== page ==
Co-Sleeping & Co-Parenting

                As much as we enjoy co-sleeping as new parents, all the cuddles and ease of feeding, it’s not always easy nor is it always comfortable! When we co-sleep for too long, our children can become co-dependent on having us around to obtain a good night’s rest. On top of co-dependency, I’m sure many parents feel the pain of having a toddler in your bed taking up all of your space and kicking you in the side. Co-sleeping becomes more difficult as we begin to co-parent as each parent may have a different routine at their individual homes. Although difficult, taking on co-sleeping while co-parenting is possible, and it does not take both parents having the same routine to do so. Children adapt well to routine, even if they know there are different routines to be followed at Mommy and Daddy’s house. It helps to be adjusted in both homes but not necessary. I know of co-parenting situations where the child co-sleeps in one home and not the other, every situation is unique. Below are some tips to use to help.



1.       Allow the child to be the designer of his or her own space. Make it a big production by going shopping and allowing him or her to pick out all the accessories, sheets, blankets, etc. Maybe gear the theme to their favorite character or colors. A child will feel proud of a space they created themselves, no matter how it may look to you.


2.       Make it cozy and functional. You don’t want to put the bed near a window where the child may be exposed to more noise while trying to sleep. Choose the room layout wisely for appeal and functionality.



3.       Use sound machines or music. If you have a lot of other children in the house the sound machine really drowns out some of the noise. The music is also very soothing for the children and it helps to keep them in that deep sleep for a longer period. It also gives consistency when you travel because you can create that same environment for them wherever you go.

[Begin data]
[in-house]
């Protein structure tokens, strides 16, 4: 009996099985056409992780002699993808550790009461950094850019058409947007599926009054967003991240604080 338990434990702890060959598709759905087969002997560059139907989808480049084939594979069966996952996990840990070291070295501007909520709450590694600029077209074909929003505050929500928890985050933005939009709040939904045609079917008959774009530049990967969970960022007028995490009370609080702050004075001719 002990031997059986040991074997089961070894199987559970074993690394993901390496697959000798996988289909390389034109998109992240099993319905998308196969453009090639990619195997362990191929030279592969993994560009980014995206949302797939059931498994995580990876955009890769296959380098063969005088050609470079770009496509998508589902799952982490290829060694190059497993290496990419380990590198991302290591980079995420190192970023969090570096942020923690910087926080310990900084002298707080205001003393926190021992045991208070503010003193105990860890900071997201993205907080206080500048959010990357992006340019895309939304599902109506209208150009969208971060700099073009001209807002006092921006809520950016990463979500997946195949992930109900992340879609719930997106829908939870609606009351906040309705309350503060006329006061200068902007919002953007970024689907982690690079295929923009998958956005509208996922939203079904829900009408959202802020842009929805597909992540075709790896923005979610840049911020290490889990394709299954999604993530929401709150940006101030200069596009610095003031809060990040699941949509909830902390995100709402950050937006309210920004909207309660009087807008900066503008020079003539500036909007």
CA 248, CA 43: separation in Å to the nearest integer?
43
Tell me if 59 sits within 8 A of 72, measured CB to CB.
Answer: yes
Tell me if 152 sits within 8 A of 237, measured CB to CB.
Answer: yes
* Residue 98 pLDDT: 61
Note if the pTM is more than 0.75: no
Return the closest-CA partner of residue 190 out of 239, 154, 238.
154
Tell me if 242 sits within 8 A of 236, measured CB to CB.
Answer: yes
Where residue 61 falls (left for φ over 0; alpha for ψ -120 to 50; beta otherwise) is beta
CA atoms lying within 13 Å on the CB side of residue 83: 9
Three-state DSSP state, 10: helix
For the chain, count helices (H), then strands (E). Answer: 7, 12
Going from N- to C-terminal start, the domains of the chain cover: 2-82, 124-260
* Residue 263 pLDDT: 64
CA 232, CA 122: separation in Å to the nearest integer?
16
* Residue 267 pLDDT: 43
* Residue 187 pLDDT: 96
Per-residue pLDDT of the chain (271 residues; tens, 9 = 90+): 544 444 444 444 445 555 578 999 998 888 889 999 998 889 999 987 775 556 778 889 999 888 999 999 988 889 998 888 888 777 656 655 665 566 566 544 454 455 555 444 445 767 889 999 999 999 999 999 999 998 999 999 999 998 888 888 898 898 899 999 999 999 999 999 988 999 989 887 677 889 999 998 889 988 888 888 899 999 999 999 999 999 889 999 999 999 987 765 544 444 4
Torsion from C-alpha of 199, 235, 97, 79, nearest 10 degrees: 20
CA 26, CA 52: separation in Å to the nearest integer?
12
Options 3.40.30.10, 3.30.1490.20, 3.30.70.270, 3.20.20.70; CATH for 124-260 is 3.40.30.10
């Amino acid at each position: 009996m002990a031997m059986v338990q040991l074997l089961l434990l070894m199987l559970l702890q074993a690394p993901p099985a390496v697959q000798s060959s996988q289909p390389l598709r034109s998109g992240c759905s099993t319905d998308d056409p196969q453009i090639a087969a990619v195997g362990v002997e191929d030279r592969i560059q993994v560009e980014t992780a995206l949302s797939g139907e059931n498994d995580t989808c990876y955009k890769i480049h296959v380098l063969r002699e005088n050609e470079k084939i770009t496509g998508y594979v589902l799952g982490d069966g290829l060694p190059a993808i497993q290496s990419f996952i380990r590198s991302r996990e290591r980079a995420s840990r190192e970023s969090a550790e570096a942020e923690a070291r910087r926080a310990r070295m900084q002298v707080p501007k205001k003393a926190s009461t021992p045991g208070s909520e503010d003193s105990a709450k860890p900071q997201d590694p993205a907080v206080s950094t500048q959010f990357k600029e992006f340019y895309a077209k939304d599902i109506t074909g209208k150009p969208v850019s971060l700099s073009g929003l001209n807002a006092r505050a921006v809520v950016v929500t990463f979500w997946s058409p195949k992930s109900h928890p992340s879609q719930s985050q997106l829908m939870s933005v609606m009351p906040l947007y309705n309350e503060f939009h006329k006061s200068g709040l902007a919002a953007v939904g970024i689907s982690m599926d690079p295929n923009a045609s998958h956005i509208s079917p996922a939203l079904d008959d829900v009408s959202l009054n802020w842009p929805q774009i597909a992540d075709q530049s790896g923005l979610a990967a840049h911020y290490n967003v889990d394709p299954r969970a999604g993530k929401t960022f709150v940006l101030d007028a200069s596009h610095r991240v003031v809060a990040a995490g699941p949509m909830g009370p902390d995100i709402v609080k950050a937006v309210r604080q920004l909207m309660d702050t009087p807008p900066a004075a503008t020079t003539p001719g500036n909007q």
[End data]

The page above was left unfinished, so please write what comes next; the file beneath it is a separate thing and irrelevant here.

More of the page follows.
4.       Co-sleep with him or her in their own room (not in the bed). By allowing your child to sleep in their bed with you right next to them for at least 2 weeks, this can set a routine and eventually you can begin going back to your own bed after they fall asleep.



5.       Offer rewards for staying in their room all night. The next morning when they come into your room, make a huge deal out of how much they are growing by learning to sleep in their bed all night. Maybe have a special toy, sticker, coupon or certificate to give them. As a nurse, I do not advise on giving food as a reward as it creates unhealthy eating habits.


6.       Use sleeping toys to help your child transition and feel safe. This can be a special blanket, a teddy bear or stuffed animal, even a book that the kids read before bed. My youngest daughter loved her Tinkerbell eye pillow.


Just remember, there WILL be nights that they will crawl back into your bed and that’s ok, just take them back to their bed and be consistent. Do not make it a painful experience or it will be more difficult, stay positive! It takes lots of time, patience, and emotional support. Good luck parents!


-Miss Kris

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